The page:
A long time ago in a land far, far away, a group of soviet men came together to drink vodka and develop an intermediate cartridge to feed a new generation of weaponry for Mother Russia. The cartridge that came to be was designated the M43, or 7.62x39mm. It is most known as the cartridge used by SKS rifles, AK-47s, VZ-58s, and RPD light machine guns. Most importantly, some of the most mass-produced firearms in history are chambered in this cartridge, making it a cartridge that is both commonly found and cheap to buy. Enter the CZ Model 527 Carbine.
At first glance, the 527 Carbine is a handsome looking gun. It sports a semi-matte blued finish, a dark-stained walnut stock, fixed iron sights, a detachable 5-round box magazine, a set trigger, and the most adorable micro-mauser action. Other versions of the CZ 527 have chamberings like 222 Remington, 221 Remington, and .22 Hornet, but, the Carbine is the only version of the CZ 527 that is chambered in 7.62x39mm.
I was initially taken aback by the chambering. This gun looks and feels like refinement; like the old-school type of refinement. You know, like brass embellished leather furniture, expensive lounge wear, sipping expensive cognac from the finest crystal snifter; the rich British safari hunter kind of refinement. However, when I think of 7.62×39, I imagine mullets, plaid shirts, camouflage shorts, cheap beer, bump firing AKs, and lots of derka derka (not necessarily the utmost of refinement). Considering that most 7.62x39mm you find now-days is cheap steel cased ammunition, and that most firearms that shoot it aren’t known for inherent accuracy, it’s easy to dismiss it as an unimpressive and wasteful cartridge. Albeit, there is word around the internet that there are places around the world where 7.62x39mm is actually used for hunting… Animals, not people.
Action: CZ Micro-Mauser
Caliber: 7.62x39mm – .311″ Bore, 1 in 9.5″ twist (CIP Specification Chamber)
Sight Options: Iron sights – Driftable rear sight, front sight with removable hood and sight post (not adjustable)
Optic Base Options: Proprietary 16mm mounts (Damn Europeans)
Trigger: Adjustable Single Stage (with set-trigger functionality)
Stock: Dark-Stained Turkish Walnut
Finish: Brushed (Blued)
Prior to shooting the gun, I was able to make the following observations by handling it:
1. The gun is light weight, well balanced, and feels great in the hands. The micro-mauser action is a very light action, and even with the hardwood stock, the gun weighs in at just a smidge under 6 lbs. The balance of the firearm allows the gun to glide into your shoulder and the comb on the stock allows for remarkably quick alignment with the iron sights. You’d have to shoulder it to fully understand.
2. The walnut stock is actually a pretty damn good looking piece of wood. I’ve never been to Turkey, but I have to admit that they sport some serious wood. In addition to feeling solid, the checkering lines are hard and straight, and appear to be actually cut into the wood (as opposed to pressed-in like some budget manufacturers do now days). The result adds aesthetic relief and improved functional grip to the stock. I dig it.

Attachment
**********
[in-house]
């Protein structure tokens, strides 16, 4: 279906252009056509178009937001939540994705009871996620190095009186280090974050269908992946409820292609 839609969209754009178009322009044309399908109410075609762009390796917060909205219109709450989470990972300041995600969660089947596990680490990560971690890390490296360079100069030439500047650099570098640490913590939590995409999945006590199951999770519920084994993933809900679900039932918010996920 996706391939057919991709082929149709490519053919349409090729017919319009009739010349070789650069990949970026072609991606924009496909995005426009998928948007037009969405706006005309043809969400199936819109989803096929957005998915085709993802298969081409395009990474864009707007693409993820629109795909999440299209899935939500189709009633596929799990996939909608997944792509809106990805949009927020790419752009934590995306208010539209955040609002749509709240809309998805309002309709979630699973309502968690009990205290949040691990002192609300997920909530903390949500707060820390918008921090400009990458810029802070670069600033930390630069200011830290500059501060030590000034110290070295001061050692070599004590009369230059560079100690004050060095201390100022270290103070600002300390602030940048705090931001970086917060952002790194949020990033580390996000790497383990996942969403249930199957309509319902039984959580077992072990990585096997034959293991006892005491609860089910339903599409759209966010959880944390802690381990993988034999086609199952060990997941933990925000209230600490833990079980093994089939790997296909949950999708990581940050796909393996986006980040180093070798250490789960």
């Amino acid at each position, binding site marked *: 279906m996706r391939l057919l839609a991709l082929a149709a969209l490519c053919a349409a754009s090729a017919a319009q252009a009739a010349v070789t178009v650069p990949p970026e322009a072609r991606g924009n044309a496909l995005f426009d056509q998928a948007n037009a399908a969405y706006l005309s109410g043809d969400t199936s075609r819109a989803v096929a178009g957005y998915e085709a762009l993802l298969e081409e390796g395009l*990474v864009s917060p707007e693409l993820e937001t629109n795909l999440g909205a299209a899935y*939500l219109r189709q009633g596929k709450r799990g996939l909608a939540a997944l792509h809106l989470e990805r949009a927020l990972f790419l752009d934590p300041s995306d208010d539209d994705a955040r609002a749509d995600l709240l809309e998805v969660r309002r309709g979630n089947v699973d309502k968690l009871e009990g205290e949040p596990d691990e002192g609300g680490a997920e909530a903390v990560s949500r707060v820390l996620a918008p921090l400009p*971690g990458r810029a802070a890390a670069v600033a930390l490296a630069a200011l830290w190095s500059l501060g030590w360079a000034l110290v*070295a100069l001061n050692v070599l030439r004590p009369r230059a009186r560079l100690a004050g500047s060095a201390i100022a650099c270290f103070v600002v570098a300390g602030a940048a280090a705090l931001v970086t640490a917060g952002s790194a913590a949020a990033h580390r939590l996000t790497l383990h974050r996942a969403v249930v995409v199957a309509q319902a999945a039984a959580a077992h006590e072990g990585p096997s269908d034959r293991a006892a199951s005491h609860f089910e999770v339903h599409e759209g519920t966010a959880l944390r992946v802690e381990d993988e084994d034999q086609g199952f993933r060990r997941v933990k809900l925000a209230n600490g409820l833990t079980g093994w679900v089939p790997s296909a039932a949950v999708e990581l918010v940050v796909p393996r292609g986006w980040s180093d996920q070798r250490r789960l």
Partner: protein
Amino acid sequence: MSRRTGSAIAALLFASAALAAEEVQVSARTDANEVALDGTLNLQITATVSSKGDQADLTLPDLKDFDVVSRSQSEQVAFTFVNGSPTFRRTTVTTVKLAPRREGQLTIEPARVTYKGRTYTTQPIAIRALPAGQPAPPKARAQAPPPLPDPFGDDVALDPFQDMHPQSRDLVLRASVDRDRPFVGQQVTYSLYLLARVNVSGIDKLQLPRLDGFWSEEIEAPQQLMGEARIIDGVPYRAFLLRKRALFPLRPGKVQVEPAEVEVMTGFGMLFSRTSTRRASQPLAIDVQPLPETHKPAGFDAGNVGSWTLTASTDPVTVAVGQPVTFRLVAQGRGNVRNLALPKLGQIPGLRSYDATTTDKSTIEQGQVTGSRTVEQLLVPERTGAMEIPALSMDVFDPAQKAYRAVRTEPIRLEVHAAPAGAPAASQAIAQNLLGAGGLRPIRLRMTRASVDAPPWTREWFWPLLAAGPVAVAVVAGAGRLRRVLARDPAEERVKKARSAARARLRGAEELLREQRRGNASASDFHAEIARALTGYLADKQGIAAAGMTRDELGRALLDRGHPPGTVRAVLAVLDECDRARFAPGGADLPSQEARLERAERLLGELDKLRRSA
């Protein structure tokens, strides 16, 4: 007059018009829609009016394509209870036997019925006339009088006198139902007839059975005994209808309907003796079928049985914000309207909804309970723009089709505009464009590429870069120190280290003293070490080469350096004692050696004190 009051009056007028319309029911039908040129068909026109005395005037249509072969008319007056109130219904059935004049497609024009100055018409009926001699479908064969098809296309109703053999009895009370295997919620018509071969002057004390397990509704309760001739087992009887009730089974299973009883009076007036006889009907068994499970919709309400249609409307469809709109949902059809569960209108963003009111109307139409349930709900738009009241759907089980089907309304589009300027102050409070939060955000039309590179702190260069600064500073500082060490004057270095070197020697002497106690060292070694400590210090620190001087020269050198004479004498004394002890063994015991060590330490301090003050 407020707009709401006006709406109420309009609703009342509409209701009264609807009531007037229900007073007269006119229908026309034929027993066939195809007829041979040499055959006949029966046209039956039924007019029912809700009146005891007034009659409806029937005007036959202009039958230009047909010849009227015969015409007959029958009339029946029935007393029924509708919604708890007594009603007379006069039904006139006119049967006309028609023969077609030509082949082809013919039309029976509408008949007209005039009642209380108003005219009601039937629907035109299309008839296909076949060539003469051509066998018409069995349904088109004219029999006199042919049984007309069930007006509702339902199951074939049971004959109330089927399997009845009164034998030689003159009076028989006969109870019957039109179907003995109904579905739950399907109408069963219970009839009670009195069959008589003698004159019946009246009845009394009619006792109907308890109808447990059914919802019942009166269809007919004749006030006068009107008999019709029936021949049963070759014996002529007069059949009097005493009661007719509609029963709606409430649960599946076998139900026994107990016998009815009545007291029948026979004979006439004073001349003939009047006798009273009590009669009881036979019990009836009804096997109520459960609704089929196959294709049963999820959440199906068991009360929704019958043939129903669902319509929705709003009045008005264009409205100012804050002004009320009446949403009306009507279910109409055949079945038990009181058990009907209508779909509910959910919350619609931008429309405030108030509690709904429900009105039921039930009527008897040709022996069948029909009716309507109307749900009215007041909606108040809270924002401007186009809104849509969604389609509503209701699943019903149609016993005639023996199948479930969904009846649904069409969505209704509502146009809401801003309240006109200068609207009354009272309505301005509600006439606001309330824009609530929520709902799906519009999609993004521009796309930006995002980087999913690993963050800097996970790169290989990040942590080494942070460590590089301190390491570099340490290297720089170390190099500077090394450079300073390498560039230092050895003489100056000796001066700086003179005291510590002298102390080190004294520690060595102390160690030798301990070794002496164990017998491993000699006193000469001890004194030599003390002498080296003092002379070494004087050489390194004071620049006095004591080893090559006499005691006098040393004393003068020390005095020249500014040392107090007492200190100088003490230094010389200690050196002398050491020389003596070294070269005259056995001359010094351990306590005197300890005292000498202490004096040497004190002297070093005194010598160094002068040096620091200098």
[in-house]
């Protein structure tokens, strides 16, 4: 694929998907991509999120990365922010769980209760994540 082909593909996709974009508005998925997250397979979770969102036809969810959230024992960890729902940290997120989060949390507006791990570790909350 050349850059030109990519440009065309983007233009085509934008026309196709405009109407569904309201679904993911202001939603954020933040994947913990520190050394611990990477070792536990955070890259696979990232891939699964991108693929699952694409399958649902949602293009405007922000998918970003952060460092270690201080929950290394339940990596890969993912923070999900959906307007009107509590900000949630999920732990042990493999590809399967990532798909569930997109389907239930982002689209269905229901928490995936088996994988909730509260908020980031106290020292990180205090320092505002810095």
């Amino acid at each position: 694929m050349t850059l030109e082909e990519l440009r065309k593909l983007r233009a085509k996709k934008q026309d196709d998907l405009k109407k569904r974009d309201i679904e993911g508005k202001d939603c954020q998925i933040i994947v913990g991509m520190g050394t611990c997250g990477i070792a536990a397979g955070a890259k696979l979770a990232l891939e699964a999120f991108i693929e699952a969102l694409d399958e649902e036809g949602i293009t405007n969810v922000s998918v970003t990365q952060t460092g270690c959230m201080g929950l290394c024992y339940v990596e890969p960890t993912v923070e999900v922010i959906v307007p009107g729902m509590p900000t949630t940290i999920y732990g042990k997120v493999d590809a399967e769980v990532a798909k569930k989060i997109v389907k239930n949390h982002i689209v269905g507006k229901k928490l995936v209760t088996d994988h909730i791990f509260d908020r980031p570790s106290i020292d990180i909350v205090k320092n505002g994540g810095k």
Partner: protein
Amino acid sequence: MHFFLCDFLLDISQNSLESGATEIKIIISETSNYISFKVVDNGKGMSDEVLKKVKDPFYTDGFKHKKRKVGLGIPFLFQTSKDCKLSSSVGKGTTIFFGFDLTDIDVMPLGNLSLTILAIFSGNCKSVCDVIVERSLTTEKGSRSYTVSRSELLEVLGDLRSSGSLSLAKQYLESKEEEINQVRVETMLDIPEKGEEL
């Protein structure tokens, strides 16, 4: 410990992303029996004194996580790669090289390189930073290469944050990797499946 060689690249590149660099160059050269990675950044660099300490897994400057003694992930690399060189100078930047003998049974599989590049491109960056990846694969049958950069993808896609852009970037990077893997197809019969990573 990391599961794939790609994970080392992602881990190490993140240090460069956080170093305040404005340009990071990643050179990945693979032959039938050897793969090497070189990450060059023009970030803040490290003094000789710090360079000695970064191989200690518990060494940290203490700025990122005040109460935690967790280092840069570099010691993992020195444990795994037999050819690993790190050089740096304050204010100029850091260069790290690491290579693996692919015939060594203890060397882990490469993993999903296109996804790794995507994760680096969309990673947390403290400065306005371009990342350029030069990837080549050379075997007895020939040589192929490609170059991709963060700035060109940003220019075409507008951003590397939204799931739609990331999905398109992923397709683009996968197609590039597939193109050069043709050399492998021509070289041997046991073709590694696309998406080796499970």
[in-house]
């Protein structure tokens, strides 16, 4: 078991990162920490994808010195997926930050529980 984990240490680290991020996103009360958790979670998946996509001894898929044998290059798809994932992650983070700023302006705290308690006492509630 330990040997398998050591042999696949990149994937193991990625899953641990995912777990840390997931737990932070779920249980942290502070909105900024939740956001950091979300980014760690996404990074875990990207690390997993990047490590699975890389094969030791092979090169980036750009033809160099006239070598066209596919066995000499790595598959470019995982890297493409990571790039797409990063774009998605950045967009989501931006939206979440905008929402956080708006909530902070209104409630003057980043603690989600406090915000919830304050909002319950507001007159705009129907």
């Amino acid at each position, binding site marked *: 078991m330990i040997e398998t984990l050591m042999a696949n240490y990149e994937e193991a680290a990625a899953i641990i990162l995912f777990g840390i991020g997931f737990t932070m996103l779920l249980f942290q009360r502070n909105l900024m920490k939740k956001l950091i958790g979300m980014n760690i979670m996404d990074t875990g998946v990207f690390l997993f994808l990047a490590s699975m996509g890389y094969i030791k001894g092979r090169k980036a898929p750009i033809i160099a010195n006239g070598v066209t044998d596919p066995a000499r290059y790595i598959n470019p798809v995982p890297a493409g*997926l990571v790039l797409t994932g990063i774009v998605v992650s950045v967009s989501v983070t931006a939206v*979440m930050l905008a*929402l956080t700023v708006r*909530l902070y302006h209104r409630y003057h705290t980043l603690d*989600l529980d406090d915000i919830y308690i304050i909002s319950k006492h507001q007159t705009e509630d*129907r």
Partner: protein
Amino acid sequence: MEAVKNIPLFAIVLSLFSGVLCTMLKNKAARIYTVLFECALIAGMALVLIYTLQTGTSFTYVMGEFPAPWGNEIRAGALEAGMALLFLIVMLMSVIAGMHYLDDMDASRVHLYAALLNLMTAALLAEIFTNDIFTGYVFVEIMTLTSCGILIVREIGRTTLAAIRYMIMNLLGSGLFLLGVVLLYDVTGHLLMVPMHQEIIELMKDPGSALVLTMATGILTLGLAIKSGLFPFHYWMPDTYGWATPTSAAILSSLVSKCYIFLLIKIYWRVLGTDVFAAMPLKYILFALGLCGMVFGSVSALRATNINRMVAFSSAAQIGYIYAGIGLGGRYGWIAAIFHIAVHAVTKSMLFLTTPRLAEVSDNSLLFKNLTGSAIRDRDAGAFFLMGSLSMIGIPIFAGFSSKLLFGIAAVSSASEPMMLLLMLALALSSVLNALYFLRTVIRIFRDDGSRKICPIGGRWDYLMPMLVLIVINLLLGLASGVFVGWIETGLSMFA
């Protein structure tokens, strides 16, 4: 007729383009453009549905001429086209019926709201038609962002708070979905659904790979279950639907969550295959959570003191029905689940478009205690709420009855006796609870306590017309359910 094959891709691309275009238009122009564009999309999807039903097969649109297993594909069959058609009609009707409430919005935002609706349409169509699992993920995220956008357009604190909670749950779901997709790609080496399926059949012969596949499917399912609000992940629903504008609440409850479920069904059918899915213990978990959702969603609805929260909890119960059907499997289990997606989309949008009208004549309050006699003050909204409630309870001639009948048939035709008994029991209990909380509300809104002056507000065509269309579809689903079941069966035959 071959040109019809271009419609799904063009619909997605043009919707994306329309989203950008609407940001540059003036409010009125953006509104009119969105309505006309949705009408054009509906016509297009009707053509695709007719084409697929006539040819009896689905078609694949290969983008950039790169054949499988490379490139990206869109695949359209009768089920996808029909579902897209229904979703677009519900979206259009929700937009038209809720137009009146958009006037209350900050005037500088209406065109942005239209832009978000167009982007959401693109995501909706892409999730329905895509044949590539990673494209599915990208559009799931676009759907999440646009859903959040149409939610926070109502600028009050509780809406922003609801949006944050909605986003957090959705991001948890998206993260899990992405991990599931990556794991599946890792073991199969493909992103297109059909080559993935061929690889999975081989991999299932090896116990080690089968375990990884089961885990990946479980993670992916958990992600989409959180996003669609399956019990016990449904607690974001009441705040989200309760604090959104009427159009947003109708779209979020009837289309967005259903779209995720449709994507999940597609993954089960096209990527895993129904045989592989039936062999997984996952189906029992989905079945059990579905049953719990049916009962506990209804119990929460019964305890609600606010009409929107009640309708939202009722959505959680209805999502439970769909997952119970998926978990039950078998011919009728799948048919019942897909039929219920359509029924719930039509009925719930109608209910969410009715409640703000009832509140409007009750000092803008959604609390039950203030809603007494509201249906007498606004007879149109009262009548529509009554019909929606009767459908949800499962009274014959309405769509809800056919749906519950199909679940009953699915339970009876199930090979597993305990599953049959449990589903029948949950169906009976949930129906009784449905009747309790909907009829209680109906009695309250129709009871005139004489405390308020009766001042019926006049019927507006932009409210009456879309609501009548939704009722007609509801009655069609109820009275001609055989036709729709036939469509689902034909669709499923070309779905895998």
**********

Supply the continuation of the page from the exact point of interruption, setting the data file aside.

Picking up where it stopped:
3. The action is tight, but smooth and easy to operate. The bolt does ride up fairly high (having a 90 degree throw), but is not awkward to manipulate while cycling.
4. The set trigger, when set, it exceptionally light (and everyone is after a light trigger, right?). When the firearm is cocked, you press forward on the trigger until it moves forward and clicks into place. At this point, the slightest tap of the trigger will set it off. It’s a little unnatural to use at first, but with enough practice, you might actually remember to set it before shooting.
On the other end of the spectrum, there are obvious notables about this firearm that are kind of dumb right from the get-go. First and foremost, the CZ 527 Carbine is not an expensive firearm, but it ain’t cheap either. I was able to pick up the rifle from a big name retailer for $699.99; not super expensive, but definitely more than other firearms I’ve purchased in this caliber (why do I keep judging this gun by the caliber???). Next, the magazine holds a measly five rounds… which makes it the smallest magazine I’ve ever used with this caliber (there, I did it again!). That isn’t necessarily a bad thing, right? I suppose it forces me to take my time and truly appreciate every round as I fire… of 7.62x39mm (Ok, I’m done). Also, there has got to be larger capacity magazines around… right?… Wrong. I’ve only been able to find five-round magazines for the 527, regardless of caliber. Fortunately, the magazines are all-metal and high quality, but unfortunately, they are not cheap. An additional magazine will set you back about $40 + shipping from CZ. Other retailers might sell it for less, so I’ll have to hunt around to find another one.